Turning their attention to the failed fleets fleeting experience, the Twitter production team focuses on Spaces, its take on audio-only rooms.
As of this week, a single space can include a host, two co-hosts, and up to 10 speakers. Enlist a pair of designer friends, family, or acquaintances to help with moderation tasks, including inviting speakers, handling requests, deleting attendees, and pinning tweets.
To get started, tap the two people icon at the bottom of the screen, then use your two co-host invites to summon people already in the space. Co-hosts cannot delete the original host or its peer, or end a broadcast. This decision increases the number of participants who can speak at a time, from a limit of 10 speakers to 13.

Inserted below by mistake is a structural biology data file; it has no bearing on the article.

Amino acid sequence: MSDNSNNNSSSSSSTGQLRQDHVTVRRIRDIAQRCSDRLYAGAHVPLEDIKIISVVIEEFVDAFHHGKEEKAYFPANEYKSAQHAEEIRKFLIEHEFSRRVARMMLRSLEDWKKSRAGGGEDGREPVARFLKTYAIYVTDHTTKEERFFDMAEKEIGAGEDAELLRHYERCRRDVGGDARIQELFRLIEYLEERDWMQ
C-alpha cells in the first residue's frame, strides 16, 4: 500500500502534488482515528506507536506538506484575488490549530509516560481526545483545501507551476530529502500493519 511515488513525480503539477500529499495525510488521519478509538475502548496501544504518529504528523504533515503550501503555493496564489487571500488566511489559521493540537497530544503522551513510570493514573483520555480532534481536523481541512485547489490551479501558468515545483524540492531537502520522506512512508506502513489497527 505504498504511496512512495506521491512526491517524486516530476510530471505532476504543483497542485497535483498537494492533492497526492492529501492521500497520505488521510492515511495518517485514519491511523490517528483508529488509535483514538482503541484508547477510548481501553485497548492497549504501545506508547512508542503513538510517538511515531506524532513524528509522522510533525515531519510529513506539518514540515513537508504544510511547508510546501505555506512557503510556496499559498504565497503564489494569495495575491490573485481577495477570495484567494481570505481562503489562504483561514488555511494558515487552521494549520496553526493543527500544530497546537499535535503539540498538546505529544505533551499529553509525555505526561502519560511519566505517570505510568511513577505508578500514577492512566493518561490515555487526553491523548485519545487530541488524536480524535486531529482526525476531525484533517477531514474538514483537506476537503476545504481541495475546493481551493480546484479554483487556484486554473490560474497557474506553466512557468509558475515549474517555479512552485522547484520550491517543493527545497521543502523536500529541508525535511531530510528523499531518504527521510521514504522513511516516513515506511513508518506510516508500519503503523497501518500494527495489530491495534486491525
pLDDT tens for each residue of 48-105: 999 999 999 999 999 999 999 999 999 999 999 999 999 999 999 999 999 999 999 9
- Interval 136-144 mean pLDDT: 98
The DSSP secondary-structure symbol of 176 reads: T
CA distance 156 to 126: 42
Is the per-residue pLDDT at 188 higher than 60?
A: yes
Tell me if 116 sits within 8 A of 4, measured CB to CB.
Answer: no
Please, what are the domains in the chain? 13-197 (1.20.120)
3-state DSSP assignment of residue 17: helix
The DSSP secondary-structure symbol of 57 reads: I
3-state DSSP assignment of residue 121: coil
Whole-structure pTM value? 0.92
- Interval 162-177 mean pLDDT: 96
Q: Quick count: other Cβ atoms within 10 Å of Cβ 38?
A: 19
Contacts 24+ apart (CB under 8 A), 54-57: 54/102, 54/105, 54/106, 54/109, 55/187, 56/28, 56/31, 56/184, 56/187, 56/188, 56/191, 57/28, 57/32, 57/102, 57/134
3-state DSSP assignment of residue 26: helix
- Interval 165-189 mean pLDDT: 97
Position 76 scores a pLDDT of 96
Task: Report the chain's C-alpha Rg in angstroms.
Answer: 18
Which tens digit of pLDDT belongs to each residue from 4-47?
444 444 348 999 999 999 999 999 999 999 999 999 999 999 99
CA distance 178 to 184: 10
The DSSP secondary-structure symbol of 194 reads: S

Introduced in December to a handful of iPhone owners, extended to Android beta testers in March and rolled out to desktop users in May, the Twitter competitor Clubhouse is “focused on the privacy of the human voice.”
Capitalizing on the audio-only trend, Twitter began accepting applications in June to join test groups for its Super Follows (iOS only) and Ticketed Spaces (iOS and Android), allowing users to start earning money with their exclusive live hearing experiences. The Super Follows subscription service helps creators build relationships with fans, while Ticketed Spaces makes it easy to customize events.
A number of social networks have jumped on the bandwagon from Spotify’s Clubhouse, Greenroom and Reddit Talk to Slack Huddles and Facebook’s Live Audio Rooms, the latter of which combine artificial intelligence with built-in audio creation tools directly into it. the company’s mobile platform.